Ramsey, who is speaker of the Tennessee Senate, has also declared his support for drug-testing recipients of government aid and benefits.

“But folks, this is your money that we’re trying to protect here,” Ramsey, a Republican from Blountville, told the Nashville Chamber of Commerce this month.

“If you were fired from your job for just cause, maybe even for stealing from your employer or chronic absenteeism, you shouldn’t be able to draw unemployment. Yet we don’t have that education on the lower level here to make sure that happens.”

The Department of Labor approved benefits to almost six of every 10 claimants in the budget year that ended June 30.

About 79 percent of those beneficiaries were laid off, 10 percent fired for misconduct that was not work-related, and another 10 percent were no longer working for other reasons, such as illness. One percent issued unemployment benefits had voluntarily quit.

In Tennessee, being fired doesn’t necessarily exclude someone from being eligible to collect benefits. Workers must be fired for work-related disciplinary reasons that are documented or witnessed, and the burden of proof rests with the employers.

The first 26 weeks a jobless worker is on unemployment is paid for by Tennessee employers who pay the state a tax on the first $9,000 an employee earns each year.

Unemployment claims are on the decline after topping off with more than one half million initial claims in 2009. That year, 604,081 initial claims were filed, followed by 418,772 the year after, according to the labor department.

Ramsey says he believes there are people on Tennessee’s jobless-benefits rolls who probably shouldn’t be there — or who may be hanging around taking unemployment when there is work available.

Lawmakers last year gave employers more tools to contest unemployment benefits for former employees. The law now allows them to submit personnel or other business records in addition to witness testimony.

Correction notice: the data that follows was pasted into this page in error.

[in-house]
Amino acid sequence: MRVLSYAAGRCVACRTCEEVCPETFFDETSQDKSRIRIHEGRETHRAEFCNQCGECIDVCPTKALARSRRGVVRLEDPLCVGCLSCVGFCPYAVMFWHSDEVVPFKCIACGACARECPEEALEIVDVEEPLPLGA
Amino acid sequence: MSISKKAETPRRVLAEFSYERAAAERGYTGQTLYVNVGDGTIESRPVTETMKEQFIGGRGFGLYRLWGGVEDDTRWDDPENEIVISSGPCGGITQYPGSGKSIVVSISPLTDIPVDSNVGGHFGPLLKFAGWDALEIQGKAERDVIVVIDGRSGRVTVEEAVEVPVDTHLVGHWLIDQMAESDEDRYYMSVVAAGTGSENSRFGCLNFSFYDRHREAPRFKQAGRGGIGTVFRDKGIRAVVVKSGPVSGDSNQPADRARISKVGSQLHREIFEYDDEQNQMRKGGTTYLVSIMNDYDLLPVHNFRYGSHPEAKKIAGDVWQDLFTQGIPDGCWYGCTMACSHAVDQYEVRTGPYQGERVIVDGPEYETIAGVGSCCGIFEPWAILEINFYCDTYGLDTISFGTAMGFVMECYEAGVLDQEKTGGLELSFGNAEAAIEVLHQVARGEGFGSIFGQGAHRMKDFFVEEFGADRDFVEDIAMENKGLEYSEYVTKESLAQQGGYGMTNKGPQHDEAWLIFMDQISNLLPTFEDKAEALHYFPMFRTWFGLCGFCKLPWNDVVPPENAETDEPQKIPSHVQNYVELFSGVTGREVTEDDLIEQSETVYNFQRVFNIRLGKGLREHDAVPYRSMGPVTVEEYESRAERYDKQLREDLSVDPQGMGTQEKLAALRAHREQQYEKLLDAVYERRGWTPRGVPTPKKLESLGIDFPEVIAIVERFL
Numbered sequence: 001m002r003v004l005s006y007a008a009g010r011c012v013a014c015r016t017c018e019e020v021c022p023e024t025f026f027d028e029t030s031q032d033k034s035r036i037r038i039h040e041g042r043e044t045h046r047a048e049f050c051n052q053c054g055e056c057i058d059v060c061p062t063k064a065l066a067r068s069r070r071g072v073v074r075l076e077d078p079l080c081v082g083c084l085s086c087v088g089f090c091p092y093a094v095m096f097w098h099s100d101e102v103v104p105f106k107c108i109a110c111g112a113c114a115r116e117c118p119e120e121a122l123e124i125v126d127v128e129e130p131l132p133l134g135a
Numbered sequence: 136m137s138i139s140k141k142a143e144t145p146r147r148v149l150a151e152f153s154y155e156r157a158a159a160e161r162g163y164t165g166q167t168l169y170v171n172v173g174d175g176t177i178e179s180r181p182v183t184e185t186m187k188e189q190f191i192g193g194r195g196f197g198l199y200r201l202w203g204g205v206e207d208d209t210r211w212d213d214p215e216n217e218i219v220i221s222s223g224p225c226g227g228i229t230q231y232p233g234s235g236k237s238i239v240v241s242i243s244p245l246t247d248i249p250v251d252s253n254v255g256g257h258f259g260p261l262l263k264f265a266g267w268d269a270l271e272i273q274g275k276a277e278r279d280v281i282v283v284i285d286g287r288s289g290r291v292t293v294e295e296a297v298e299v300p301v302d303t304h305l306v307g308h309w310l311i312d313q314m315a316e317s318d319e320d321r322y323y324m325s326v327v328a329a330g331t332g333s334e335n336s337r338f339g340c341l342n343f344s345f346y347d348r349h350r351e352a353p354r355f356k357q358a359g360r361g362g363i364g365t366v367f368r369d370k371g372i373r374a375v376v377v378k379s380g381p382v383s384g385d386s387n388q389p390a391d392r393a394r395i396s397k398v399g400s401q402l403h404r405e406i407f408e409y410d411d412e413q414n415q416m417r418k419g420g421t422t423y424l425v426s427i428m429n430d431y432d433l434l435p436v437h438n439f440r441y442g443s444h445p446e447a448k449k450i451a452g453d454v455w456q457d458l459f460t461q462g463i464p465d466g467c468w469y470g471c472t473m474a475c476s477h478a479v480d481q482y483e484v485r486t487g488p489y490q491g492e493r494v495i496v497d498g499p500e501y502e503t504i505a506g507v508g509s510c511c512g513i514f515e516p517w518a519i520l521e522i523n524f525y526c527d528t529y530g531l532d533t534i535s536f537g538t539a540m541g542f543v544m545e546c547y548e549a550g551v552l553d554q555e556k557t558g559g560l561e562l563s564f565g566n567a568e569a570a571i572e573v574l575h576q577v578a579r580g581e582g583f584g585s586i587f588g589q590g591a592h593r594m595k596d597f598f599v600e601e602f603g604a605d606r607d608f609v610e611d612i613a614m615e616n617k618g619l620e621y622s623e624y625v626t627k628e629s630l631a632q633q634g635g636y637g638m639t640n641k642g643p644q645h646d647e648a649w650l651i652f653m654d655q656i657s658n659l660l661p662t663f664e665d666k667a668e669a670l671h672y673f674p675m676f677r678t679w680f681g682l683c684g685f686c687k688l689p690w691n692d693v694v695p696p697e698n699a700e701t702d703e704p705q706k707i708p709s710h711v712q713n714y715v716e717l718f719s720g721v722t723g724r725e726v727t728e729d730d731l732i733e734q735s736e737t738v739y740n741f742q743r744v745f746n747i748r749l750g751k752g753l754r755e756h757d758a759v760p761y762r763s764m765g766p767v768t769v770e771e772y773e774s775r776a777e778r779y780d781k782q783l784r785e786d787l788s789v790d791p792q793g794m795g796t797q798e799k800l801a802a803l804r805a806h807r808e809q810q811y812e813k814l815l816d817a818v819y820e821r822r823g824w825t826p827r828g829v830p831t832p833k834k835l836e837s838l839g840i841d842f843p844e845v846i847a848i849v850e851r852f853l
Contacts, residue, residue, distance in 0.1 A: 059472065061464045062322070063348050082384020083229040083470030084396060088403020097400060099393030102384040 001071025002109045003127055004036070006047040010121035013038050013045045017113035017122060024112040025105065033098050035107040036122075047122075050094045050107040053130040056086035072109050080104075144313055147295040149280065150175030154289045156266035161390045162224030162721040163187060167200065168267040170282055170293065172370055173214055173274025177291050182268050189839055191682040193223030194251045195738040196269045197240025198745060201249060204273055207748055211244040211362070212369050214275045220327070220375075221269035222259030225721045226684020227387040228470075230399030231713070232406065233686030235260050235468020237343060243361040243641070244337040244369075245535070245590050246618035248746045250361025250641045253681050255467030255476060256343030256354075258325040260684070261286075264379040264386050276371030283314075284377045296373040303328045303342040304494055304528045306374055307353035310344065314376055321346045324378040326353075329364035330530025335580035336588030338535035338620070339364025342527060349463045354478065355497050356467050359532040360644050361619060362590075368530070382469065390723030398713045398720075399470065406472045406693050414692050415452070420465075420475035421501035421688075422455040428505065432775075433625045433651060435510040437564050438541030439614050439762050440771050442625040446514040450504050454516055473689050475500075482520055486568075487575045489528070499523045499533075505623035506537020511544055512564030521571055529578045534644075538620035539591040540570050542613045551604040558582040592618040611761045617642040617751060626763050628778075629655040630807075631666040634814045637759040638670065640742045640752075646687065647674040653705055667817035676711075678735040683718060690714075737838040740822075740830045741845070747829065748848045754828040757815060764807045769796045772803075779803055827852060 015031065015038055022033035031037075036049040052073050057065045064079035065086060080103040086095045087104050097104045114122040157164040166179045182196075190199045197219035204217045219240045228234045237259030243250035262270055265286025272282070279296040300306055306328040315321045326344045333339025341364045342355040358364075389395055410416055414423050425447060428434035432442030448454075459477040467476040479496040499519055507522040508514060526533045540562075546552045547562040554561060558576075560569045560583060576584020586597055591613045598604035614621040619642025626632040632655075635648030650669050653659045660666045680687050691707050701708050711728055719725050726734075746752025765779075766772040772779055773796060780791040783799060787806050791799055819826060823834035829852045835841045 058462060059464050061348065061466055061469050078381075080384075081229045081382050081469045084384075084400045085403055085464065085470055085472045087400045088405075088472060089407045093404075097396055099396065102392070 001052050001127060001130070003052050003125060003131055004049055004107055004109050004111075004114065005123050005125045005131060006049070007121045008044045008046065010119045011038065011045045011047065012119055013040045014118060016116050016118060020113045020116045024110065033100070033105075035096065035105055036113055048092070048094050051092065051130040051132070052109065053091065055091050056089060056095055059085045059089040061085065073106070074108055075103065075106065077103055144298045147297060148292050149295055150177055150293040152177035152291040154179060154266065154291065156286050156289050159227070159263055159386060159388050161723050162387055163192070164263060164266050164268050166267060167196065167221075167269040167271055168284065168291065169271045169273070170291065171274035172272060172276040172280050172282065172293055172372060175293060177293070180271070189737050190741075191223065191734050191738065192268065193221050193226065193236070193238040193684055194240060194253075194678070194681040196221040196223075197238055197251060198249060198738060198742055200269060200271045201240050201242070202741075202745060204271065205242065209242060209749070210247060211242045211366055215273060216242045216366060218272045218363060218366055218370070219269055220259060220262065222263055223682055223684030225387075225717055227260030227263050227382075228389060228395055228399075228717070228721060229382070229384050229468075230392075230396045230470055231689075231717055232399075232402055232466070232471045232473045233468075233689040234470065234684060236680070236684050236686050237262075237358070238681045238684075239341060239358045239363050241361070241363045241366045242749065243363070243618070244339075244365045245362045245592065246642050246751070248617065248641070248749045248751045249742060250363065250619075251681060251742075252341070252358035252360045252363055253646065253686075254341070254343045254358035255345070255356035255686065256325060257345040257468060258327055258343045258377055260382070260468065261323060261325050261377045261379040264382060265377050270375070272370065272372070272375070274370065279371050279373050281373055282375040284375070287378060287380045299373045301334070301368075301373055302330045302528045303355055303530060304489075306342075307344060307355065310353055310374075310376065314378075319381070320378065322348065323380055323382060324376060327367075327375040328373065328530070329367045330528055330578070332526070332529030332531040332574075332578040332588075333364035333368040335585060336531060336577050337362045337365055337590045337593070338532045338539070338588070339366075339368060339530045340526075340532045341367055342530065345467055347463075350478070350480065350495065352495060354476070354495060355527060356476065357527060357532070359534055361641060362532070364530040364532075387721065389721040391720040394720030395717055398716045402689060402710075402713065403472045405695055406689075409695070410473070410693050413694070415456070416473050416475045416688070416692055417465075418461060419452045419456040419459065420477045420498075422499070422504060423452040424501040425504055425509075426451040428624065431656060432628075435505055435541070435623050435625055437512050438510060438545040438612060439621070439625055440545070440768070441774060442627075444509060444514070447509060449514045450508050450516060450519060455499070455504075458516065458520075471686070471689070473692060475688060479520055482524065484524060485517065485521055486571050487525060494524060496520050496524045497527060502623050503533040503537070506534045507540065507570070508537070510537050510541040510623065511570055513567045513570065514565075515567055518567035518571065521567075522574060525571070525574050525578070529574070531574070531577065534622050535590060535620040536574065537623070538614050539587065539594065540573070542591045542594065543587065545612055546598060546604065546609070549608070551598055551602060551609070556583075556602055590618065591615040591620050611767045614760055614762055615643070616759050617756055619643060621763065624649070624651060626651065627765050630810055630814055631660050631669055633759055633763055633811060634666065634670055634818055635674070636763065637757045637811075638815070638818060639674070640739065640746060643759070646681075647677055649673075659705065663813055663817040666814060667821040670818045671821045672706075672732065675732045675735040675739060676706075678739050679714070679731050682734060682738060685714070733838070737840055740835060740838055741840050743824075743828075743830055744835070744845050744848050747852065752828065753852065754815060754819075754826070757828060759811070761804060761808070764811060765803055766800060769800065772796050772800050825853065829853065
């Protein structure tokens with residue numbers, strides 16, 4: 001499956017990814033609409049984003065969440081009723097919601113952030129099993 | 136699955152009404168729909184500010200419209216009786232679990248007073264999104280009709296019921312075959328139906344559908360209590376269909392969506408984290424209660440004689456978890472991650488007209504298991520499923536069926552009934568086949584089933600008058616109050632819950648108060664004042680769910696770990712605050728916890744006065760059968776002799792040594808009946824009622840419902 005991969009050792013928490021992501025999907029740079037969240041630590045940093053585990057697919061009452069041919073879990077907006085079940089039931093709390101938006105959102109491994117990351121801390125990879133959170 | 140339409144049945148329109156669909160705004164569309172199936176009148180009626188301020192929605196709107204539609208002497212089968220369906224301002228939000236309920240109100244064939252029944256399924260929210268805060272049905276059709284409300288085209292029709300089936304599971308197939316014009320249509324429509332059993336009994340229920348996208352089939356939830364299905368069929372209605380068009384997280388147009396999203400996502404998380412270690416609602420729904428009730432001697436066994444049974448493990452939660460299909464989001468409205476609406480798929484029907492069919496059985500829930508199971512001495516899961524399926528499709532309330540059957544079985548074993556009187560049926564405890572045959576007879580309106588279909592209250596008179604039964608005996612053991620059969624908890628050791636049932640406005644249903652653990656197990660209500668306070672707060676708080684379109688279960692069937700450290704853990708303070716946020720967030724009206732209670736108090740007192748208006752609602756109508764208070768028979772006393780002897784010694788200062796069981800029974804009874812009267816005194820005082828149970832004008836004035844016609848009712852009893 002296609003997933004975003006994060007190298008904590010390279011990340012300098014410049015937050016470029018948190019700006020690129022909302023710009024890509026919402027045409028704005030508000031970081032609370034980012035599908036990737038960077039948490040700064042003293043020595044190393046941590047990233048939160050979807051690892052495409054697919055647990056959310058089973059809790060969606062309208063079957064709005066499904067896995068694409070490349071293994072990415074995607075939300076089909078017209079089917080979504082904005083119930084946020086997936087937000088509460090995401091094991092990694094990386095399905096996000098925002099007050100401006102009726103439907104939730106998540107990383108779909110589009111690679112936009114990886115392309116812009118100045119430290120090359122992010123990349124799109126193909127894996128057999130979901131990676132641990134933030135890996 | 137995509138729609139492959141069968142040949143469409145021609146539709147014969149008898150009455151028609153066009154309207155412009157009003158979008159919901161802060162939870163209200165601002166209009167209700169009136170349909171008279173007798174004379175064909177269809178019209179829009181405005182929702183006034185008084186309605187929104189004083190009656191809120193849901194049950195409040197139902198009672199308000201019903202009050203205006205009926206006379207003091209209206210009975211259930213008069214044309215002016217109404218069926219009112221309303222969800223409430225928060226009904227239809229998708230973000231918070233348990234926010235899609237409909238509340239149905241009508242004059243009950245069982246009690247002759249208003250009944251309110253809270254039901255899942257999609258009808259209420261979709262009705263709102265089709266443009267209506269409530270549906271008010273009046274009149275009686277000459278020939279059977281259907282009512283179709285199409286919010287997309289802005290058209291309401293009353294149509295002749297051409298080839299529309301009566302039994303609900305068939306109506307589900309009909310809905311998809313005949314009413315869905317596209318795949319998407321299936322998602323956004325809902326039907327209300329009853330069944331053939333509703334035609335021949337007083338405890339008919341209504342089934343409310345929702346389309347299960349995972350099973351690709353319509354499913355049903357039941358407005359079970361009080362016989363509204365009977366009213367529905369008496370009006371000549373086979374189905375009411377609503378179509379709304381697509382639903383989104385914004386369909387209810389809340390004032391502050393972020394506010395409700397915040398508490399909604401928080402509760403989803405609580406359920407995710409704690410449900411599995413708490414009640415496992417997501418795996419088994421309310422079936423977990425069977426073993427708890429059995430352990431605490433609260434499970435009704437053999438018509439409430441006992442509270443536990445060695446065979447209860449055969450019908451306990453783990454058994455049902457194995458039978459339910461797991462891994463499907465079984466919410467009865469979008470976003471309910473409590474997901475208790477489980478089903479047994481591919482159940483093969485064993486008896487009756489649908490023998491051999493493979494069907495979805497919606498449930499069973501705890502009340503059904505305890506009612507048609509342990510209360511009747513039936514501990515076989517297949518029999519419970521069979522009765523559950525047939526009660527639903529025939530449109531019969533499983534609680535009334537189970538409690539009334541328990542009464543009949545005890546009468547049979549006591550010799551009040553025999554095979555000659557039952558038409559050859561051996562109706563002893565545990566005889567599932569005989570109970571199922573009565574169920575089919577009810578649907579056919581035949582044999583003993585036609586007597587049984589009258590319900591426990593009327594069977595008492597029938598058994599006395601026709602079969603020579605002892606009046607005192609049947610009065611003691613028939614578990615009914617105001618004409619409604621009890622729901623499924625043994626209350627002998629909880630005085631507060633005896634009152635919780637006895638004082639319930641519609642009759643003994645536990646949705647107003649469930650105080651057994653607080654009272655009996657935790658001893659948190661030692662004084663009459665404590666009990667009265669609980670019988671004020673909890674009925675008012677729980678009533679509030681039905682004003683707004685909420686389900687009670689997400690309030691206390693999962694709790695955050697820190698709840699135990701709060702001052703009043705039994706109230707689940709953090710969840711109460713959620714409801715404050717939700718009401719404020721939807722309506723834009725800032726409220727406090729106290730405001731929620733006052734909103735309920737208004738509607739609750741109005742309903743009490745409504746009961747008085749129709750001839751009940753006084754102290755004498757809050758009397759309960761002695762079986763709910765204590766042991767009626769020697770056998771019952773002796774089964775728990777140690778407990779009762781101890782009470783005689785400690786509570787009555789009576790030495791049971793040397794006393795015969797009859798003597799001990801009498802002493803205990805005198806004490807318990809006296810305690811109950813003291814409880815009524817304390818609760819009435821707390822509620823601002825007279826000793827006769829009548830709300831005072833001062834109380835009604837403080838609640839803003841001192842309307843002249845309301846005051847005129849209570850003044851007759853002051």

The state’s benefits system was recently identified in a federal study for overpaying $310 million in jobless benefits over the last three years, although agency officials dispute the study’s findings.

Only about 10 percent of Tennessee’s roughly 120,000 people on unemployment currently have to provide any documentation that they’re applying for jobs, the agency said.

  • Elmer Gantry

    “Ramsey, who is speaker of the Tennessee Senate, has also declared his support for drug-testing recipients of government aid and benefits.

    “But folks, this is your money that we’re trying to protect here,” Ramsey, a Republican from Blountville, told the Nashville Chamber of Commerce this month.

    “If you were fired from your job for just cause, maybe even for stealing from your employer or chronic absenteeism, you shouldn’t be able to draw unemployment. Yet we don’t have that education on the lower level here to make sure that happens.”

    Another fact that Lt. Governor Ron Ramsey has glossed over is that Tennessee is an euphemistically described “right to work” state, meaning that employers are permitted to fire employees with just cause, injust cause, or even no cause at all.